CFED’s Scorecard of the States: Making the Case for Assets Reform

Blog Post
Feb. 3, 2014

44 percent of American households live in liquid asset poverty. That’s the key takeaway from CFED’s 2014 Assets & Opportunity Scorecard, which was released last week. Liquid asset poverty is defined as a household’s inability to survive at the poverty level in the event of a job loss or other emergency because of a lack of savings. That the American public is so financially vulnerable should come as no surprise, though, as the liquid asset poverty rate remained unchanged from CFED’s 2013 Scorecard.

However, not all the information in the Scorecard is quite so easily pinned down. In addition to providing national economic statistics, the scorecard rates the states in terms of their asset-building policies and outcomes. This is where a more nuanced picture emerges. For instance, good state policy and good state outcomes are not always correlated. A state like Maryland, which CFED ranks number one in terms of effective policy, falls right in the middle of the pack (number 23) when it comes to outcomes for its citizens. Or New York, which comes right behind Maryland in the comparative quality of its state policies, comes below average among the states (number 30) in terms of state outcomes. Although the organization’s extensive research shows that in some states, like Minnesota and Indiana, policies are highly correlated with outcomes, the divergence of these two measures in many states shows the need for concerted action at the federal level to level the playing field for all families throughout the country, as well as at the local level through grass-roots organizing in states where policies are sub-par.

The Scorecard’s authors identify certain factors that may contribute to successful outcomes in states that nevertheless have poor policy climates: low cost of living, minimal income inequality, a strong economy. But not all states have the advantage of these same blessings rooted in geography and history. In those states without these luxuries, it is imperative that a favorable policy landscape is developed at both the state and federal levels, one which fosters economic mobility and asset building for all families.

The high liquid asset poverty rate across the entire nation shows that the low savings rate isn’t a problem of a lack of personal responsibility, but rather indicative of the systemic barriers to saving that exist in all 50 states and at the federal level. If over four in ten American households cannot subsist at the poverty level for three months in the absence of income because of the lack of liquid assets, but only one in four households is considered asset poor, it should be clear that the system for incentivizing savings is opposite to the preferred strategy. As Justin King said last week in a blog post, “You need to walk before you can run, and you need to have emergency savings before you have retirement savings.” The difference between the asset poverty rate and the liquid asset poverty rate shows that a large number of households have a significant percentage of their assets in non-liquid locations like home equity and automobiles. But this is the opposite of an ideal financial strategy. Having sufficient emergency savings is an essential foundation from which families can then build other kinds of assets like home equity, retirement savings, and college savings.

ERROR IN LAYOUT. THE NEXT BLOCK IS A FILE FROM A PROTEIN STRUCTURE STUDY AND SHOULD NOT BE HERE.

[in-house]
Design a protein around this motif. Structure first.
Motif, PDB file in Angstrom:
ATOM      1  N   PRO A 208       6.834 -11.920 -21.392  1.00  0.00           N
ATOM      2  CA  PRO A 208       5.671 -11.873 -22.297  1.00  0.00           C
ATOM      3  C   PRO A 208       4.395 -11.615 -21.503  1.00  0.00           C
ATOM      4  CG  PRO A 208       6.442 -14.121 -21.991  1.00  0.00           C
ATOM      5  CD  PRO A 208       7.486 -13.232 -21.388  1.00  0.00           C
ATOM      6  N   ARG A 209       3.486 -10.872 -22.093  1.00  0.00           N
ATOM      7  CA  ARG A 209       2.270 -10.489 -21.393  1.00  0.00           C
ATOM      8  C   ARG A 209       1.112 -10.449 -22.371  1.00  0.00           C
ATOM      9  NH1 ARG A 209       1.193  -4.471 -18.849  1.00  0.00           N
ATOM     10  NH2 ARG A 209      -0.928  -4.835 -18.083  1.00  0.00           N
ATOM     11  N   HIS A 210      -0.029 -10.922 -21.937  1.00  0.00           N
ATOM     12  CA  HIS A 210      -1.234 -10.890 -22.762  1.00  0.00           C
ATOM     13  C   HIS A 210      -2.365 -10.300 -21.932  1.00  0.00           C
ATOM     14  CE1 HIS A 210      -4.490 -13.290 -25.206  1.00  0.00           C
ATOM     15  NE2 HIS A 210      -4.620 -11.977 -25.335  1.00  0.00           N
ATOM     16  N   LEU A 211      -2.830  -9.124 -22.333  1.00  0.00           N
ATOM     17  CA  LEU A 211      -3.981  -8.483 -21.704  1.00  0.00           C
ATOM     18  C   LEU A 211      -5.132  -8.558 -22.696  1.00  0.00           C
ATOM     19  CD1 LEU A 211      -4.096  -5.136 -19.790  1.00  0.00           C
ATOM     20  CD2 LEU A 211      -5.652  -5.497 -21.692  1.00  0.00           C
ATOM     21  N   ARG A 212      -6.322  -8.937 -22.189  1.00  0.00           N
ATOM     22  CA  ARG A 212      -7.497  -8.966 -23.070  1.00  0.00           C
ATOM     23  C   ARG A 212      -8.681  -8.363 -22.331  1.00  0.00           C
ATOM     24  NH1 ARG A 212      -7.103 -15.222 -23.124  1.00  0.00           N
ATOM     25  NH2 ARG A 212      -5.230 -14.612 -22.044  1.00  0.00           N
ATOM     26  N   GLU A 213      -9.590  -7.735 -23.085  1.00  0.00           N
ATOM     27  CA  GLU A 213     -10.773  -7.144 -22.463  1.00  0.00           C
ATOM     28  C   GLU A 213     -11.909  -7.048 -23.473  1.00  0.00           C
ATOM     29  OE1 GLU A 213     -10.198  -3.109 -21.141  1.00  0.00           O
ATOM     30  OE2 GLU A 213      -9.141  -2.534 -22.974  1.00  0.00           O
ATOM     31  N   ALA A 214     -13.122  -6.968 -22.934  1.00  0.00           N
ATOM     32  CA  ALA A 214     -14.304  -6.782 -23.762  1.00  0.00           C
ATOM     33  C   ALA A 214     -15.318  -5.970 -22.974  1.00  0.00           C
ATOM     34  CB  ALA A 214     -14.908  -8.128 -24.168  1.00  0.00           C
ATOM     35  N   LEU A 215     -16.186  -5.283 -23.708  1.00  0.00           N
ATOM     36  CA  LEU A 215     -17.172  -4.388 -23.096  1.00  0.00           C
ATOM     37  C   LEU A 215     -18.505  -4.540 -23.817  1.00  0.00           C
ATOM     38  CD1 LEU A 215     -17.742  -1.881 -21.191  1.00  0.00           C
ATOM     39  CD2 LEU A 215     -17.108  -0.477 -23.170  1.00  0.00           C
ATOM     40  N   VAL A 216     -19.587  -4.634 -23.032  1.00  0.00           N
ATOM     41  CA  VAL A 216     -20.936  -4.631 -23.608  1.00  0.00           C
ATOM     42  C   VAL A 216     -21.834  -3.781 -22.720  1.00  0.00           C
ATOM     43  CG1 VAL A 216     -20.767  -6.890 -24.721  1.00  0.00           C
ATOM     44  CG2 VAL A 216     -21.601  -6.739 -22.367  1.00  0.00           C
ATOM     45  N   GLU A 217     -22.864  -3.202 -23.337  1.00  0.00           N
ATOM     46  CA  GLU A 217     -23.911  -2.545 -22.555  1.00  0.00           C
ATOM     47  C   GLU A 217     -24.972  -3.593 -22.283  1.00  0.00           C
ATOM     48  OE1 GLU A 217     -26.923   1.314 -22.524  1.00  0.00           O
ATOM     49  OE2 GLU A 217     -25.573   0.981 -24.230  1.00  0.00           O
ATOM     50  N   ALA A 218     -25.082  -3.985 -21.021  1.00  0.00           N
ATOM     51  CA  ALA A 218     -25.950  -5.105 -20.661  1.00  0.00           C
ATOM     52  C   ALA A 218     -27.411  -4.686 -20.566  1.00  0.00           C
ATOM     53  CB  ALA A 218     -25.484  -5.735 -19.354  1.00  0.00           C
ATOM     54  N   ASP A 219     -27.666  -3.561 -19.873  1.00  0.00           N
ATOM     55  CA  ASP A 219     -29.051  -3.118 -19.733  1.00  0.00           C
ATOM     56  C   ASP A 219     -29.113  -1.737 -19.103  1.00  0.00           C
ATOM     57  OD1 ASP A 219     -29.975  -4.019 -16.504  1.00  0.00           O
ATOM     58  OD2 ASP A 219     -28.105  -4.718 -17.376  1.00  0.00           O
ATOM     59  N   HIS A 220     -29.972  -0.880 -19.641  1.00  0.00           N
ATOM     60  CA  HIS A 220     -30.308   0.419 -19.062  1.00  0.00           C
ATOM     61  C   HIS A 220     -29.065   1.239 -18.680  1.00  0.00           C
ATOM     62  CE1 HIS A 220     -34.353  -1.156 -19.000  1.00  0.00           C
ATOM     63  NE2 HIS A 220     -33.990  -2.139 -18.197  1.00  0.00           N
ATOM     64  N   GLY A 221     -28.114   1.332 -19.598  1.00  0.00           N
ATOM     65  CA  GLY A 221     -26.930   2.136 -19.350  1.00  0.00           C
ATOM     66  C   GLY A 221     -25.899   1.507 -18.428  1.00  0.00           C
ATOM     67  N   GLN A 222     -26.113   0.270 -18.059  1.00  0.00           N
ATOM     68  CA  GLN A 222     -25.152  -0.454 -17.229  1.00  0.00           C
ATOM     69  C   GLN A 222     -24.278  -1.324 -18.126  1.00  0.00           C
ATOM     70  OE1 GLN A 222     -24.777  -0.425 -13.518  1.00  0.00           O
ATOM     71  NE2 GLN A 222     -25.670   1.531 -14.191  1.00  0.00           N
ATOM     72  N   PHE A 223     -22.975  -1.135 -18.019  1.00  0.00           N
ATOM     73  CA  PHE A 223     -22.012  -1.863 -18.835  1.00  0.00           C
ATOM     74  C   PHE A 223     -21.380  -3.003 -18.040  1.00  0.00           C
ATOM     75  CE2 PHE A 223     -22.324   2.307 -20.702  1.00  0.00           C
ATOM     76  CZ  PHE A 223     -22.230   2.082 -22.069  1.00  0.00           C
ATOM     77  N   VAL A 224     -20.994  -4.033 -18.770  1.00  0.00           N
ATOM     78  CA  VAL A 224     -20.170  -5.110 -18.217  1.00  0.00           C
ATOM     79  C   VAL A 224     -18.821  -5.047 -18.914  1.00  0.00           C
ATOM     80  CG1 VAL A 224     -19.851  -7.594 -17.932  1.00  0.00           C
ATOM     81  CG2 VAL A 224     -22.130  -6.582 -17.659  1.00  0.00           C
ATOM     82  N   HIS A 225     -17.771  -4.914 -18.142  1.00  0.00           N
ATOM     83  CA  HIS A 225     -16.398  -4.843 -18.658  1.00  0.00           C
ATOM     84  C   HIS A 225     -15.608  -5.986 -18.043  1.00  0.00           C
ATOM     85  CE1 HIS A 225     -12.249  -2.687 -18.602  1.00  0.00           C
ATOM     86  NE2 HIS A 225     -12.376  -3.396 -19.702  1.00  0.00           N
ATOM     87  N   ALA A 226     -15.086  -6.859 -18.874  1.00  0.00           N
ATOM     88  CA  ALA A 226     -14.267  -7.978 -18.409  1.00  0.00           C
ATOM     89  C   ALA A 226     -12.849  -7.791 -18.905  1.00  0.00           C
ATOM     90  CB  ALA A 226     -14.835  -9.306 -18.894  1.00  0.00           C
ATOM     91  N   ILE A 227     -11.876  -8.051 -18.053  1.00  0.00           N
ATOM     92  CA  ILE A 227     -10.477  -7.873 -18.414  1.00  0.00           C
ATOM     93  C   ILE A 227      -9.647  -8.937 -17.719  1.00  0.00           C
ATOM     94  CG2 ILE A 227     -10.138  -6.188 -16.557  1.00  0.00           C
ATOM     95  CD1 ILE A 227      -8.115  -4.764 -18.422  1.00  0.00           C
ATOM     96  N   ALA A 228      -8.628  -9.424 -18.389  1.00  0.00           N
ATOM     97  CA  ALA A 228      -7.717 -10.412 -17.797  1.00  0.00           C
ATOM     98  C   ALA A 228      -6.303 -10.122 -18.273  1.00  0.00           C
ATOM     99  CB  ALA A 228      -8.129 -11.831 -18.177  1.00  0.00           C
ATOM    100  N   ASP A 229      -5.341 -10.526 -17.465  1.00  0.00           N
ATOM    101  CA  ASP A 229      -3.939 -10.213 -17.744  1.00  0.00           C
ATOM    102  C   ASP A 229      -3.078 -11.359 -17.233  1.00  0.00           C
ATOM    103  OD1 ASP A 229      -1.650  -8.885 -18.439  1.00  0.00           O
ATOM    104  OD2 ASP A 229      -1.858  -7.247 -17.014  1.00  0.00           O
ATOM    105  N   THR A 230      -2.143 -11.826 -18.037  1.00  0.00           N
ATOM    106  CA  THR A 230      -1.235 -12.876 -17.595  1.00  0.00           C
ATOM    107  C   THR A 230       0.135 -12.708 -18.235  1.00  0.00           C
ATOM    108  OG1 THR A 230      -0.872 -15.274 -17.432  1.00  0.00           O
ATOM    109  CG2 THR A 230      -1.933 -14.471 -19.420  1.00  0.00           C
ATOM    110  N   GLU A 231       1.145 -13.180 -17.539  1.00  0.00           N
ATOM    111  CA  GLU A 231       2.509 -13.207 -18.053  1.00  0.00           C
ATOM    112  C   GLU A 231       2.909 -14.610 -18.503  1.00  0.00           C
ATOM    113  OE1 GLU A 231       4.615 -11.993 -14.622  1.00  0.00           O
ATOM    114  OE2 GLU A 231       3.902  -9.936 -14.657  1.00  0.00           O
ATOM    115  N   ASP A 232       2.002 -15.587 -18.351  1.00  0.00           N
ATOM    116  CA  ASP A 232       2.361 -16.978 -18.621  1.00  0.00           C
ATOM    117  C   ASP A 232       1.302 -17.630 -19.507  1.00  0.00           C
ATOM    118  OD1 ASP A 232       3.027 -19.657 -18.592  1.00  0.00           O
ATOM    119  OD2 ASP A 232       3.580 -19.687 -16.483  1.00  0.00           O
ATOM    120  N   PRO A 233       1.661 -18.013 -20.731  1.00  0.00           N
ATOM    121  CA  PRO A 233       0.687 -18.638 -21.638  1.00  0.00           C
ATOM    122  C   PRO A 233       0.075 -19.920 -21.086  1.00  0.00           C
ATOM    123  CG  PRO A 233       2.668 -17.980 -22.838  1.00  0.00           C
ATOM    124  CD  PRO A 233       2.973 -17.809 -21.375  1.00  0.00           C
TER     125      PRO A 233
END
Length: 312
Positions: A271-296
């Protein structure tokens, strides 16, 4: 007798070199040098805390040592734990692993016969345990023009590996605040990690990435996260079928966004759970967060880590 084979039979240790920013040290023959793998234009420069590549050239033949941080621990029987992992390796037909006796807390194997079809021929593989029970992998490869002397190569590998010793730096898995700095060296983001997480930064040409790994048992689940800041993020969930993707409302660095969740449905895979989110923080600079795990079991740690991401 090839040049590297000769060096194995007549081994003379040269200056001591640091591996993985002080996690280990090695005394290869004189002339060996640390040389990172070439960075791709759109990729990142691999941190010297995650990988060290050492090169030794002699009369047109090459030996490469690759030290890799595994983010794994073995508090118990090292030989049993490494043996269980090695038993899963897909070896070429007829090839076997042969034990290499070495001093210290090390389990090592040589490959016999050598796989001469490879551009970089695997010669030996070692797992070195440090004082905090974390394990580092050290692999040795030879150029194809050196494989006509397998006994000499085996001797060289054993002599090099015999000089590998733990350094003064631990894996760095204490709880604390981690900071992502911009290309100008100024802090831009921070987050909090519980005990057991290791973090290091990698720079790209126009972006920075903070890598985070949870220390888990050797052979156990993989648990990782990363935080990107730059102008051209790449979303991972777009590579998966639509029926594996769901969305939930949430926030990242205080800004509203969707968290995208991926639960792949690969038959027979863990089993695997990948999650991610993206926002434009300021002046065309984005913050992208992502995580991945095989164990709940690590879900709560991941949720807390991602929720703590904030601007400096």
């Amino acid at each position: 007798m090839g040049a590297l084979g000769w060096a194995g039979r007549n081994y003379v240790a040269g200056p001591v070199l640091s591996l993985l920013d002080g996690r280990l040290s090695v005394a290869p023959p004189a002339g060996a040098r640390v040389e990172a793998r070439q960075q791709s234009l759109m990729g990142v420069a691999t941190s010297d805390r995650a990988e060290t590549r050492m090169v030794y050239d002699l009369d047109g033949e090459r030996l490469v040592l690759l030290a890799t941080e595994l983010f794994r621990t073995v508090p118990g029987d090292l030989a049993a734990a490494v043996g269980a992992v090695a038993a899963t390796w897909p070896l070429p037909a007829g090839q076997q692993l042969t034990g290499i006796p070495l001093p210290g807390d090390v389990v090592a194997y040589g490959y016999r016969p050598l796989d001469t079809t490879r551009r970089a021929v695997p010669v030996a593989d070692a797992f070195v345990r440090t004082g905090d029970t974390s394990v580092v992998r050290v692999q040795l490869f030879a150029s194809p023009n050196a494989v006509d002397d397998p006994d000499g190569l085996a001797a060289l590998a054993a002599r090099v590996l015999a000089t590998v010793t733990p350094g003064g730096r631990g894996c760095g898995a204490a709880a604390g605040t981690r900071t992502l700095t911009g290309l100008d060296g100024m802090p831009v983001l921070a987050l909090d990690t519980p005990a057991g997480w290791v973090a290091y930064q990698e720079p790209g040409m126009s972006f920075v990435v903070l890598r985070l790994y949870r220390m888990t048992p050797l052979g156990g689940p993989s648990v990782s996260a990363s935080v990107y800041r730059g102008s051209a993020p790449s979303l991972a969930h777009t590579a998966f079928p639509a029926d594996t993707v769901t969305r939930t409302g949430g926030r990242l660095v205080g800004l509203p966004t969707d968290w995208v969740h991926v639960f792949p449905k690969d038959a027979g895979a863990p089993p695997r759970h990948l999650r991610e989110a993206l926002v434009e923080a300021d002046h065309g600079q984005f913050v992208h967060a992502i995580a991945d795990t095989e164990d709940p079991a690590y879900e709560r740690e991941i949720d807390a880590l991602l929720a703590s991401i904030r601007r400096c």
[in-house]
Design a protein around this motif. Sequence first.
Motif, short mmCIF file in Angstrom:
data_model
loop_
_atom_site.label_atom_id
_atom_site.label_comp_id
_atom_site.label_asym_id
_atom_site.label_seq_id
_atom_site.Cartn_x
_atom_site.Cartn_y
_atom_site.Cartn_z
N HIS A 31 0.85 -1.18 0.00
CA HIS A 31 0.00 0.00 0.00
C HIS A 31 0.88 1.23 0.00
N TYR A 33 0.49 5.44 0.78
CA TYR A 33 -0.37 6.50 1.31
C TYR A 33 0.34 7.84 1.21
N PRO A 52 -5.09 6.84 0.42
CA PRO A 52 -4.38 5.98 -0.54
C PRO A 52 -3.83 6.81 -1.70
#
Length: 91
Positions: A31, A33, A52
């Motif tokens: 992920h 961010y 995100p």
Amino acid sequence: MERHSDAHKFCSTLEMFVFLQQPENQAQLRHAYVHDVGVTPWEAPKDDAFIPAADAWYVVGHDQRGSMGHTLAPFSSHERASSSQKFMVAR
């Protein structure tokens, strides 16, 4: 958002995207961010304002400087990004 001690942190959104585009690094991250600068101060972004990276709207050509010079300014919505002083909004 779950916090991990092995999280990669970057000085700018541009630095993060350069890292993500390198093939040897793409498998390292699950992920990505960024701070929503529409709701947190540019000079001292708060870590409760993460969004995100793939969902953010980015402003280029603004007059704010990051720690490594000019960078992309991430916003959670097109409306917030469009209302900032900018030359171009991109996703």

Unfortunately, current federal policy offers no incentive for families to build the kind of savings they need most, even while it funnels earnings into long-term retirement accounts through inefficient tax policies. Yet what we have in this country, and what CFED’s data reveal that we have, is a savings crisis, not just a retirement savings crisis. This is true, even in spite of the hugely disproportionate attention placed on retirement savings by policymakers, which comes at the expense of encouraging other kinds of savings. What we need at the federal level is a universal, flexible saving incentive like the Financial Security Credit, which would promote emergency savings while not leaving out savings for retirement, education, and a home.

CFED’s project of collecting and presenting the massive amount of data in the Scorecard is an admirable one. It raises attention about the importance of assets for economic and social mobility and can serve as an agenda-setter for state policymaking. But what it can say about the urgent need for smart federal asset-building policy that can help those families in states without supportive policies and without the benefit of favorable geographic and economic conditions cannot be underestimated. We know what good asset-building policy looks like, but both federal and state policies have a long way to go.